Belgian Jews breathed a sigh of relief when Belgian extremists did not succeed in this week’s parliament elections as well as had been predicated.
The center-left government, led by Prime Minister Jean Luc Dehaene, held its majority in the lower house with a 17.1 percent vote nationwide.
“I’m happy to say there has not been a negative vote, but a positive vote,” Dehaene told reporters.
But the extremists still will have a presence in Belgium’s government.
Jewish community leader have been concerned about the increasing popularity of the rightist Flemish Vlaasms Blok — or Flemish Bloc — especially in Antwerp, where some 15,000 Jews live. Communal leaders had called on the community to vote for democratic parties in the election.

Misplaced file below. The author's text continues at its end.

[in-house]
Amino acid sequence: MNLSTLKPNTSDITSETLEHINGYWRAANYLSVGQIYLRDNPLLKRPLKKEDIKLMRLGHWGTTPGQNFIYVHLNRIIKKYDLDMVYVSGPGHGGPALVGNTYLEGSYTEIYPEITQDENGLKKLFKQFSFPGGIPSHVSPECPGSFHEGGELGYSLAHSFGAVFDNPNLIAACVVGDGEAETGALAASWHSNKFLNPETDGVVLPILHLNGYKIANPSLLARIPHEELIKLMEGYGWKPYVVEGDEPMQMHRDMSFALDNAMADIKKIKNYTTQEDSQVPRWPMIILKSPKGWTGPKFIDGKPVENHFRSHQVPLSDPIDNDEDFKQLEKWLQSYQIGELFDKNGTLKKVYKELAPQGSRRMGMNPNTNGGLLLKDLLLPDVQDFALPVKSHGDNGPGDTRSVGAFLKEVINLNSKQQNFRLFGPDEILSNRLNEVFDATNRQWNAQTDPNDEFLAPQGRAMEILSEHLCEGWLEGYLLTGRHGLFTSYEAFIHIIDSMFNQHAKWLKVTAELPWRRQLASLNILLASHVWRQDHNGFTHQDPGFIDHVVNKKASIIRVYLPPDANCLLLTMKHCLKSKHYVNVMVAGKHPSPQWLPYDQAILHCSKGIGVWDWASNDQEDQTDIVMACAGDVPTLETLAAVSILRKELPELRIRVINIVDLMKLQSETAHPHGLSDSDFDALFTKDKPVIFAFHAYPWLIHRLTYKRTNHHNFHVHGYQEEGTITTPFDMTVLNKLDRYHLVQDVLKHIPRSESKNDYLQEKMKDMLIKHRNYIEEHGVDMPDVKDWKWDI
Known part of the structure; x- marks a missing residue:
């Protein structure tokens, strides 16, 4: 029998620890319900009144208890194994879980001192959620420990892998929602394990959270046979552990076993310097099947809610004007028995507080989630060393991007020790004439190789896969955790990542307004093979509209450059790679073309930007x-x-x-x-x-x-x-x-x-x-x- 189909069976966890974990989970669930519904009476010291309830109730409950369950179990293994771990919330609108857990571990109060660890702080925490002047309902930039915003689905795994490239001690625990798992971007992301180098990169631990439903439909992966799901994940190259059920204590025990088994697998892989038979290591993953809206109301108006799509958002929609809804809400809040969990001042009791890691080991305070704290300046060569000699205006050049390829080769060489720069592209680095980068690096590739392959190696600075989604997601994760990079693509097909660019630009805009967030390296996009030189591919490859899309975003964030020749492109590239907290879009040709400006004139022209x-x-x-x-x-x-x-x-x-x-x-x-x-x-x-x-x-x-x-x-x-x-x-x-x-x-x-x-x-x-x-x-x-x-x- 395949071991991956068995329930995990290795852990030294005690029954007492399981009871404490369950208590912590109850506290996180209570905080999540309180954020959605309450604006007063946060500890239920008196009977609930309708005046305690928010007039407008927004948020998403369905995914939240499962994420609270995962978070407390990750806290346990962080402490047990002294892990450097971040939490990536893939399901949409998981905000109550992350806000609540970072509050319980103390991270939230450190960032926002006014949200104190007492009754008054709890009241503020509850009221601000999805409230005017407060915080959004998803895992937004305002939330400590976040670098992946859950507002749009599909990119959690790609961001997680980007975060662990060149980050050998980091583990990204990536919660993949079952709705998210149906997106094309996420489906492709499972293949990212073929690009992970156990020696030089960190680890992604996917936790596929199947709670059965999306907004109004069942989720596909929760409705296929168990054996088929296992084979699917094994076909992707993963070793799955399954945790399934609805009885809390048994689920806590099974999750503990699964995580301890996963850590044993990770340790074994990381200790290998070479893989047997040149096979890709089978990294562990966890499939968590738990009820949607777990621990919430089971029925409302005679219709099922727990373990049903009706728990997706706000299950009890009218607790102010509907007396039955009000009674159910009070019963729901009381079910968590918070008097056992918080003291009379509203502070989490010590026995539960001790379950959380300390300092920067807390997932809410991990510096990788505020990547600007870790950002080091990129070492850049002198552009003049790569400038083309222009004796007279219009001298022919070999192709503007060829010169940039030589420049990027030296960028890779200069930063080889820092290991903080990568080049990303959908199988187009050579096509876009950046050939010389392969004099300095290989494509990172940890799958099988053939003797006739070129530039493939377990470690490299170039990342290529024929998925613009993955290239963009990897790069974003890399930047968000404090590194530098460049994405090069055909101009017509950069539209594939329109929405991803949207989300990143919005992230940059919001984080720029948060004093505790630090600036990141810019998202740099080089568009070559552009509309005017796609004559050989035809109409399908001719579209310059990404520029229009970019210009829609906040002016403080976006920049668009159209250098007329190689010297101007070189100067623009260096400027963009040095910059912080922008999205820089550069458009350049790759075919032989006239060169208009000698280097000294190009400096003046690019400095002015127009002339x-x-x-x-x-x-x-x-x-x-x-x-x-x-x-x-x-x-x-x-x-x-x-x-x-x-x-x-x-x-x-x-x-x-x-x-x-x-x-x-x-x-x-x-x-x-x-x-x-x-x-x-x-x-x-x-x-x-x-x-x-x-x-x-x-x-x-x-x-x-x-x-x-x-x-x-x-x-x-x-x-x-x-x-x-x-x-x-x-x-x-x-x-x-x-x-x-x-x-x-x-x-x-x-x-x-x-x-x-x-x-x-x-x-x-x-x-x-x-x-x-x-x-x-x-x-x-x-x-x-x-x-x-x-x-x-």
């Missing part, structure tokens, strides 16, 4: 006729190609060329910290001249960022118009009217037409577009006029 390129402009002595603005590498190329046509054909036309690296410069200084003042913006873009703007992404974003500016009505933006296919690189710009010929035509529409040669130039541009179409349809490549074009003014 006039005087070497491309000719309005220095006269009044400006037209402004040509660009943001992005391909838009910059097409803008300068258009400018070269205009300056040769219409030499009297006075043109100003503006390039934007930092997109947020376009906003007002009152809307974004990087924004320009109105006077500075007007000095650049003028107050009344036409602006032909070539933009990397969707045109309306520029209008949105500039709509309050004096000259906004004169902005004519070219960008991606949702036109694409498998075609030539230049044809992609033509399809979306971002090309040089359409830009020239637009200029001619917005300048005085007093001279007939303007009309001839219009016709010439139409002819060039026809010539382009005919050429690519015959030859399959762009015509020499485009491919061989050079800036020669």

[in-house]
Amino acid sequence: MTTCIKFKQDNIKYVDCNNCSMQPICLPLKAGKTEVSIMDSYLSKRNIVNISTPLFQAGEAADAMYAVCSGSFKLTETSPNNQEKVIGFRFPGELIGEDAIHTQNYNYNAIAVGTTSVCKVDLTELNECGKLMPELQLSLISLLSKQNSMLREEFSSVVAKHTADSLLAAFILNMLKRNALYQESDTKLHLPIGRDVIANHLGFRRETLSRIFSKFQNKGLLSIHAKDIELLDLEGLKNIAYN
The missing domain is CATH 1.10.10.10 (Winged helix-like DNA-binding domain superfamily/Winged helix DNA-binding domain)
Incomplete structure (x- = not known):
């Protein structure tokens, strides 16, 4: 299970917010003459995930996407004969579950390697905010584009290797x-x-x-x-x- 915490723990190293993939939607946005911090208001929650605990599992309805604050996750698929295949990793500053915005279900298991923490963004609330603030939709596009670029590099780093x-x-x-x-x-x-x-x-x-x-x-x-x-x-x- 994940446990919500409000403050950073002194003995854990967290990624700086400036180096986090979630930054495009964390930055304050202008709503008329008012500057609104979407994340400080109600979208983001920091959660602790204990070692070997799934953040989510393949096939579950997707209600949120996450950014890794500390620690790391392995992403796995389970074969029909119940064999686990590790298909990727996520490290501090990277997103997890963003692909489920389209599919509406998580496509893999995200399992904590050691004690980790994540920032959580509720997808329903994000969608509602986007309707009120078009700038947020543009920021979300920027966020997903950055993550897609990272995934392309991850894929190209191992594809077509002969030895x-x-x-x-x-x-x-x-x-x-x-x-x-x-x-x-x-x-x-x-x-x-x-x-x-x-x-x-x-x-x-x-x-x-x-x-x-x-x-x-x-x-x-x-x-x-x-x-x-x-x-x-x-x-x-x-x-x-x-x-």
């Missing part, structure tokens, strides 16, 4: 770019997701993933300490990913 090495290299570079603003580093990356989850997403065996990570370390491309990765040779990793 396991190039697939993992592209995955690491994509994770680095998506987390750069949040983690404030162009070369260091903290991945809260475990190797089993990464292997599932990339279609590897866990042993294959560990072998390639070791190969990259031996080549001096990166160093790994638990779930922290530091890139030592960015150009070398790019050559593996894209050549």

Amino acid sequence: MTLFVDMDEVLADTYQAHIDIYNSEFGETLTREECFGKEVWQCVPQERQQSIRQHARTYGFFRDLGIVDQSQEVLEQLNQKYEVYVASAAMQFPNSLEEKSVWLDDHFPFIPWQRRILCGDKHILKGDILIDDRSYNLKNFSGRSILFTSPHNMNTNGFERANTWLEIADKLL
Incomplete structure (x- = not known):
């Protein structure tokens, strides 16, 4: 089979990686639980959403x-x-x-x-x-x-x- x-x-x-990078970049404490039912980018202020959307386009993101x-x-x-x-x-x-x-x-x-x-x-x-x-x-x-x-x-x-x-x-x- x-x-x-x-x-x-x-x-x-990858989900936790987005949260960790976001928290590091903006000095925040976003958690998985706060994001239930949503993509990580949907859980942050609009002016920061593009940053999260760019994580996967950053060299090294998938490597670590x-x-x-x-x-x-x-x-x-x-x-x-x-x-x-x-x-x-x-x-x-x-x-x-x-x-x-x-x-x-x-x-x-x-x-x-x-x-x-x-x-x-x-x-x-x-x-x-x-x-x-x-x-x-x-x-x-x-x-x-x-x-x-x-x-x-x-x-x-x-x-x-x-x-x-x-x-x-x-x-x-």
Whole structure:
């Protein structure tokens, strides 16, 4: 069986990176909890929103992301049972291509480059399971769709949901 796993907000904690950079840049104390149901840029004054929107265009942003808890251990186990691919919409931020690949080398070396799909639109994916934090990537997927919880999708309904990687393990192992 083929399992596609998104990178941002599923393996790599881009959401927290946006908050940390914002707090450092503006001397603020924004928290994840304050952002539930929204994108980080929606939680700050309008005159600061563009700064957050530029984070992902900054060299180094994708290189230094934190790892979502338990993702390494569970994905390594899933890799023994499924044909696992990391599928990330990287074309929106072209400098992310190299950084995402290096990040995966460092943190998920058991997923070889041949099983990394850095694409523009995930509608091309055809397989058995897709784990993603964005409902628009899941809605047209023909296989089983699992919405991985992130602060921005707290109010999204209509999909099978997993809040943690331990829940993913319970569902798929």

The Flemish Bloc, which campaigned on a racist, anti-immigrant platform, remained especially strong in Antwerp, the second largest city in Belgium, where it received 26.7 percent of the vote. Nationally, the bloc gained only 1.2 percent of the vote. Belgium’s mainstream parties have ruled out entering into a coalition with the rightist bloc.
Last year, in European and local elections, the extreme right became a political force in the French-speaking part of Belgium, with the National Front making gains in southern Belgium. Belgium, along with France, Austria and Italy, are the European countries where extremists have made their strongest electoral showings in the last few years.